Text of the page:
The Link Between Pelvic Floor Muscles and Sexual Satisfaction

In pelvic floor physical therapy, Pelvic Health by Emily TranLeave a Comment

By PHRC Admin

The human body is an intricate masterpiece, and within its depths lies a source of immense pleasure and connection: the pelvic floor muscles. Often overlooked or underestimated, these muscles play a vital role in sexual arousal and orgasm. In this blog post, we will explore the wonders of the pelvic floor muscles and how understanding and harnessing their power can enhance your pleasure journey.


Understanding the Pelvic Floor:

The pelvic floor is a network of muscles that forms the base of the pelvis. It supports the pelvic organs, including the bladder, uterus, and rectum. However, its significance extends far beyond structural support. During sexual arousal and orgasm, the pelvic floor muscles come alive, creating a symphony of sensations that can take your pleasure to new heights.


The Role of Pelvic Floor Muscles in Orgasm:

  1. Pubococcygeus (PC) and Iliococcygeus Muscles: Located from the pubic bone to the tailbone and rim of the pelvic to the tailbone (respectively), these muscles are key players in orgasmic bliss. As arousal intensifies, these muscles contract rhythmically during orgasm, adding depth and intensity to the experience. Strengthening and relaxing these muscles through exercises like pelvic floor contractions can enhance their responsiveness and amplify pleasure.
  2. Bulbospongiosus Muscle:The bulbospongiosus muscle surrounds the vaginal opening and goes up to the base of the clitoris. It also travels from the perineum to  the base of the penis. During orgasm, it contracts, contributing to the pleasurable contractions and adding an extra dimension of ecstasy. It also helps to narrow the urethra, like a sphincter, to prevent incontinence.
  3. Ischiocavernosus Muscle: Residing along the sides of the pelvic floor, the ischiocavernosus muscle plays a multifaceted role. It helps maintain penile and clitoral erections and  it contributes to the rhythmic contractions experienced during orgasm.
  4. Puborectalis Muscle: While primarily involved in maintaining bowel control, the puborectalis muscle can also make its presence known during orgasm. Involuntary contractions can enhance pleasure and intensify the overall experience.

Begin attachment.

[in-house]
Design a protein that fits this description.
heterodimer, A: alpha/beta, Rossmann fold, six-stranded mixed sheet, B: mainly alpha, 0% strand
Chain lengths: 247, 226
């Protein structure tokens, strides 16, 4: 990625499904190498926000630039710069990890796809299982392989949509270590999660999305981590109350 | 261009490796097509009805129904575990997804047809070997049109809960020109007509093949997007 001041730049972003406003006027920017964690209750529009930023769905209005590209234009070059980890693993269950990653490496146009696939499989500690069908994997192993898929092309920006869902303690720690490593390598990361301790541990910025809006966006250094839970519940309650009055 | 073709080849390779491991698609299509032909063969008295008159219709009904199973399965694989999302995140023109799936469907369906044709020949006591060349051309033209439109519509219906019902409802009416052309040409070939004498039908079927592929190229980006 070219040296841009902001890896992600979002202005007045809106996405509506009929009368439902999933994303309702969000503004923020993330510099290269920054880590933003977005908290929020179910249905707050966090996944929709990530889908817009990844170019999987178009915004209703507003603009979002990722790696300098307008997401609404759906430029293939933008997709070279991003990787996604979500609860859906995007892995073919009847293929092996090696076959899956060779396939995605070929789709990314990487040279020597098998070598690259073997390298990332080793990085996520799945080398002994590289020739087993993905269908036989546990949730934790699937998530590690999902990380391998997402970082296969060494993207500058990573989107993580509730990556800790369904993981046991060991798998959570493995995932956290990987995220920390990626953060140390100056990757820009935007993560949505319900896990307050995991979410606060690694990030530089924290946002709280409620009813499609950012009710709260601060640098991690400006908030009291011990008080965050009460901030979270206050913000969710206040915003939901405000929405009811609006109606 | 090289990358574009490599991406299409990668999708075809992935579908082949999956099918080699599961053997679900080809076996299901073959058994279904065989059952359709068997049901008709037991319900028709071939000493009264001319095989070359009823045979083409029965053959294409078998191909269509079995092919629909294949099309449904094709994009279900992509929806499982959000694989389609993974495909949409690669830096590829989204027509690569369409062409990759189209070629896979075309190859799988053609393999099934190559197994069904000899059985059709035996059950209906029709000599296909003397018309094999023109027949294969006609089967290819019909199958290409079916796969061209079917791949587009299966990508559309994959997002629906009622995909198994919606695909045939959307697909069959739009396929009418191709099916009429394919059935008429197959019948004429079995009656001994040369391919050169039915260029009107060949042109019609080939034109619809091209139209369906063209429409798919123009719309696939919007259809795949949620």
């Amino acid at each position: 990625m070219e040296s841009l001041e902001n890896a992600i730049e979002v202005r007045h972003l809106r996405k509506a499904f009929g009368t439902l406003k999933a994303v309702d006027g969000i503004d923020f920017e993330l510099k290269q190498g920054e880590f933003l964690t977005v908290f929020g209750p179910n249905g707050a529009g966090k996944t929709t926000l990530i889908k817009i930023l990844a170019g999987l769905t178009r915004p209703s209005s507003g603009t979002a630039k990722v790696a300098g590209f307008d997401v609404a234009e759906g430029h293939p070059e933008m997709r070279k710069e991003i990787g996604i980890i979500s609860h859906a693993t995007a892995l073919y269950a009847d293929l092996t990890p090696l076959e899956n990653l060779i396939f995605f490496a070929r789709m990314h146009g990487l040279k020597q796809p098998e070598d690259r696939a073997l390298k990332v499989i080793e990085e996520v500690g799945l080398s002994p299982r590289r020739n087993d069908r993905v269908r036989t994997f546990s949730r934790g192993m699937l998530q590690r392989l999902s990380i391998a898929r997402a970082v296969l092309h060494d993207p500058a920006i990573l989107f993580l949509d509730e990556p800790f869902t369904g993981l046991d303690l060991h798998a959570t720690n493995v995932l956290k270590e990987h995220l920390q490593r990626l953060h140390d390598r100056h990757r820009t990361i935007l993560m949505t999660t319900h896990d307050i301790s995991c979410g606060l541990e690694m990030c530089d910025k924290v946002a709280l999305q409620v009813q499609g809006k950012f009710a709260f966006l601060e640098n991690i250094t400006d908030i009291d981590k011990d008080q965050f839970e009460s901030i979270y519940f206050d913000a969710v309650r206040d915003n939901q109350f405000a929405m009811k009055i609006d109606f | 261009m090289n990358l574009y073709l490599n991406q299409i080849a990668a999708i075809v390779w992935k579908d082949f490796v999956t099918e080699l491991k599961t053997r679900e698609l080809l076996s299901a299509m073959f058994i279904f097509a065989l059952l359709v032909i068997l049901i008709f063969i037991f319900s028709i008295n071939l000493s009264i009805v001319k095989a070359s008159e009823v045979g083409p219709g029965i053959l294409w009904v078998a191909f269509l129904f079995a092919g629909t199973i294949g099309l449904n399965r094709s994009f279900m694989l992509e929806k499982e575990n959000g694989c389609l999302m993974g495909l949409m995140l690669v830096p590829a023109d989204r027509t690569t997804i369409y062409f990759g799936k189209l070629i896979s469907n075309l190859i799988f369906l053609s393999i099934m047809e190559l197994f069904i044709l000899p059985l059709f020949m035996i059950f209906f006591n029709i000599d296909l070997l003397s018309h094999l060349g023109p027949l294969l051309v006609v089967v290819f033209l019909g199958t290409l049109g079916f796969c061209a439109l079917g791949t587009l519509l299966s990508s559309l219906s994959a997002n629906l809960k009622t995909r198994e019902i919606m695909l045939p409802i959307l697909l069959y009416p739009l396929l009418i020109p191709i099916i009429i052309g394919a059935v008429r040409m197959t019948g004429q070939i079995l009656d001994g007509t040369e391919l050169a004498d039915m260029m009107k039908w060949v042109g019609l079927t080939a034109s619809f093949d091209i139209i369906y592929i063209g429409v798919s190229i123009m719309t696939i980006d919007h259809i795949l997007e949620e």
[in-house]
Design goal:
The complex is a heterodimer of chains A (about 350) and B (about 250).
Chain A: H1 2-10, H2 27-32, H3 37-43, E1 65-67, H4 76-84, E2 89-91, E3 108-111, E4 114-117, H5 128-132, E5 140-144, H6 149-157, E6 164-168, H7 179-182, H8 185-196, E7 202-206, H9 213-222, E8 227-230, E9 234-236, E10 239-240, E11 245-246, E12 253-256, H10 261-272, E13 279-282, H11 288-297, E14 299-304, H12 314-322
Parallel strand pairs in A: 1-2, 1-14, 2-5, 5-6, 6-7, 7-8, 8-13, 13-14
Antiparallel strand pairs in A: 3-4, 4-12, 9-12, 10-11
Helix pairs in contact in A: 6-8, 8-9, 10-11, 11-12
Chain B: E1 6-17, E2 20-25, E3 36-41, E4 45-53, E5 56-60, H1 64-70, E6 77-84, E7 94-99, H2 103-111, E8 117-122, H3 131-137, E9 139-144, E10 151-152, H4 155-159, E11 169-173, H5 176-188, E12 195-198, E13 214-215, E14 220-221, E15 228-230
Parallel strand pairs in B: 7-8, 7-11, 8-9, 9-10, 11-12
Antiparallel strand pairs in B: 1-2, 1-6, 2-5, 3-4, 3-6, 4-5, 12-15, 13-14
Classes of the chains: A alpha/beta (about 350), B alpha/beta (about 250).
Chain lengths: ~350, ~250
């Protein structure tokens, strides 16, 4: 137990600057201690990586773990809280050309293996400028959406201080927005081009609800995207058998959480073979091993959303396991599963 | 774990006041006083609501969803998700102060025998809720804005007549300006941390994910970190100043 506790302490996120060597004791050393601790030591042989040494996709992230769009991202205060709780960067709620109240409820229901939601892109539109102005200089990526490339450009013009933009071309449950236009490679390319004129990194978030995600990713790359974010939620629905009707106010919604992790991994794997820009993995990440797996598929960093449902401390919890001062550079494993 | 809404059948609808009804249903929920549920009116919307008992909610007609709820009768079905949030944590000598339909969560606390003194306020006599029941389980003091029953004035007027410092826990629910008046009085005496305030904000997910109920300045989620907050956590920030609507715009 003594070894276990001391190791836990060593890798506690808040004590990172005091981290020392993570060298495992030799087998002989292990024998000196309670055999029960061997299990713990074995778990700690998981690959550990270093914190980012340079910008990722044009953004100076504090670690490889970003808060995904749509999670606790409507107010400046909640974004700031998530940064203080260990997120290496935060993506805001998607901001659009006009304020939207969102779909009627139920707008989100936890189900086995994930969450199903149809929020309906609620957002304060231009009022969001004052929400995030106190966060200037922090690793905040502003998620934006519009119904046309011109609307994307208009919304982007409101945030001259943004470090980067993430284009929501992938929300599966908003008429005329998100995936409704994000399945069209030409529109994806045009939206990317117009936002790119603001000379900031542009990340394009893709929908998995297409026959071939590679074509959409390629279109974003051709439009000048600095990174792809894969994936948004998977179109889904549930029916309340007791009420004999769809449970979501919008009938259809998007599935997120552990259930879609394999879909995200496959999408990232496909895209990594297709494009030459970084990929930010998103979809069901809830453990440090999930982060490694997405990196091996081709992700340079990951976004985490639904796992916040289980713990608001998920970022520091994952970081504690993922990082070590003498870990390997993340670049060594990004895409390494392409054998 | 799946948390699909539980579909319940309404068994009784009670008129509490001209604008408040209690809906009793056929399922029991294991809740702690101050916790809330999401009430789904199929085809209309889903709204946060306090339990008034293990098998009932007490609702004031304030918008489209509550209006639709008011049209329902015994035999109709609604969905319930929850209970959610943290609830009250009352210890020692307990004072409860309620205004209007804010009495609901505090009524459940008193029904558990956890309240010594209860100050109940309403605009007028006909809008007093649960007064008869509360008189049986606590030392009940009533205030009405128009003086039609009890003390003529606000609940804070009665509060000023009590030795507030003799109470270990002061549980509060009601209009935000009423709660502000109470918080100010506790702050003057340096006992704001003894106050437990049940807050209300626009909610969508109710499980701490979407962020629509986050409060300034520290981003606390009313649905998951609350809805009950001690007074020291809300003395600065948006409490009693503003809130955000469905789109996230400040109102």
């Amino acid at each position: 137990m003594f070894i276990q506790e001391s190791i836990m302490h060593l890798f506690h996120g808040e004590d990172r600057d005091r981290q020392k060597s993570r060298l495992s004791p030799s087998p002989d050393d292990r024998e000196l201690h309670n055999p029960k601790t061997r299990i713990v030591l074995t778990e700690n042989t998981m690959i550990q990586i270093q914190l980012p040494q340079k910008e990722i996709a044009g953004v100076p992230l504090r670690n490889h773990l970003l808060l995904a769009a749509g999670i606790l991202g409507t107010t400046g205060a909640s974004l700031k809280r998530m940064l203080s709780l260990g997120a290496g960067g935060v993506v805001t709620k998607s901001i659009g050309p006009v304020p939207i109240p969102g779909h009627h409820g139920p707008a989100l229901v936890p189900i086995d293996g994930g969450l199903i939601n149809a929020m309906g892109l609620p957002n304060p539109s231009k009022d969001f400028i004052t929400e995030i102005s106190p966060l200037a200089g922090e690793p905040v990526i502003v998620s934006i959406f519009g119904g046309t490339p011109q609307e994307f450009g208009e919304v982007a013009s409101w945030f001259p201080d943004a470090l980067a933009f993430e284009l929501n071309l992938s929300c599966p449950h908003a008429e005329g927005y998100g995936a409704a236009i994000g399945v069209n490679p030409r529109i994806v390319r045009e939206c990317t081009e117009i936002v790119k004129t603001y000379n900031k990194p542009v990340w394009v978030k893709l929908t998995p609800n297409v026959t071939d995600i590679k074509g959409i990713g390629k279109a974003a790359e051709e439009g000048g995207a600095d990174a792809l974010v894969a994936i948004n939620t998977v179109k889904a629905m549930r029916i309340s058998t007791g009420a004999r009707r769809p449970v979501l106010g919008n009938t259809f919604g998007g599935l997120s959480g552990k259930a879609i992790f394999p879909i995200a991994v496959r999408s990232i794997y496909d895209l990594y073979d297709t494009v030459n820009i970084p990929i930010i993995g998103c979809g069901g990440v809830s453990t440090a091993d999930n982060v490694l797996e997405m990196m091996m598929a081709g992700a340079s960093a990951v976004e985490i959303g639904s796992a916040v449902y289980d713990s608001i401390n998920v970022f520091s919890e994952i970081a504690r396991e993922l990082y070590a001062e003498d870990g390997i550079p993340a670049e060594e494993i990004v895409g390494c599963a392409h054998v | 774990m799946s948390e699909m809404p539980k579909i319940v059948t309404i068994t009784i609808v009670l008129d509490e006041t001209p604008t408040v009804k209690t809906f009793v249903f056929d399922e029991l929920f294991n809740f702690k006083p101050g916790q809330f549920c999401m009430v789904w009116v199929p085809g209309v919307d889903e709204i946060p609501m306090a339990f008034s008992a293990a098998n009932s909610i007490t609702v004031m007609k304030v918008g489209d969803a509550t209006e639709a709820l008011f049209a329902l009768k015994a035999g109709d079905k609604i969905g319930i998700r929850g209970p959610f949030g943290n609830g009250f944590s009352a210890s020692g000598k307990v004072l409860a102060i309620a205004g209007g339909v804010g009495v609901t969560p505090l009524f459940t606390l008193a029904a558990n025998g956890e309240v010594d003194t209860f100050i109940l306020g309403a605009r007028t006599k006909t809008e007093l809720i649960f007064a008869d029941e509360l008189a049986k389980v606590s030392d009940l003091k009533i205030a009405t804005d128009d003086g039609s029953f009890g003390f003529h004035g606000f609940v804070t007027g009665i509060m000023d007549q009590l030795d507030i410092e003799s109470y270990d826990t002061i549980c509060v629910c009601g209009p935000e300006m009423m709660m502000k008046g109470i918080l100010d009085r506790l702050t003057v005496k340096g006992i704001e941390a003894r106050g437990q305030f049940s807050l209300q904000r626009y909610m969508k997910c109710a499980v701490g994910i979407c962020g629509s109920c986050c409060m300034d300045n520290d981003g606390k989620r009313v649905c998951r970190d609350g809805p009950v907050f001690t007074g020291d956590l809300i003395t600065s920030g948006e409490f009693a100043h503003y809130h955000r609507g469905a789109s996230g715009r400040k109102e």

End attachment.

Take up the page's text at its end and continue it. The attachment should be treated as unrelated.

Embracing Your Pleasure:

Exploring and understanding your own body is a deeply personal and empowering journey. Here are some tips to help you embrace the power of your pelvic floor muscles and enhance your pleasure:


  1. Pelvic Floor Exercises: Engaging in pelvic floor exercises can help strengthen and relax these muscles. We recommend checking in with your pelvic floor physical therapist to be evaluated and prescribed exercises specific to the state of your pelvic floor.
  2. Mind-Body Connection: Developing a strong mind-body connection can heighten sensitivity and pleasure. Practice mindfulness and focus on sensations during intimate moments. Pay attention to how your pelvic floor muscles respond and learn to engage and relax them consciously.
  3. Communication and Exploration: Open communication with your partner(s) about desires, boundaries, and preferences can create a supportive and enriching sexual experience. Explore different positions, techniques, and sensations together to discover what works best for you. Working with a Sex Therapist can help couples learn how to do this better!

The pelvic floor muscles hold incredible potential for pleasure and connection. By understanding their role and engaging in exercises (as appropriate per your specific pelvic floor health) and harnessing their power, you can embark on a transformative pleasure journey. Remember, everyone’s experience is unique, so take the time to explore and celebrate your body’s capacity for pleasure. Embrace the power of your pelvic floor muscles, and let them guide you to new heights of ecstasy and fulfillment.



  • Mayo Clinic: Kegel Exercises for Men: Understand the Benefits
  • Healthline: How to Do Kegel Exercises for Men
  • Healthline: Pelvic Floor Muscles: Anatomy, Function, and Exercises


We are excited to announce our physical therapist, Molly, is now located in our 11th location in Columbus, OH. Now scheduling new patients- call (510) 922-9836 to book! 

Are you unable to come see us in person in the Bay Area, Southern California or New England?  We offer virtual physical therapy appointments too!

Virtual sessions are available with PHRC pelvic floor physical therapists via our video platform, Zoom, or via phone. For more information and to schedule, please visit our digital healthcare page.

Melissa Patrick is a certified yoga instructor and meditation teacher and is also available virtually to help, for more information please visit our therapeutic yoga page

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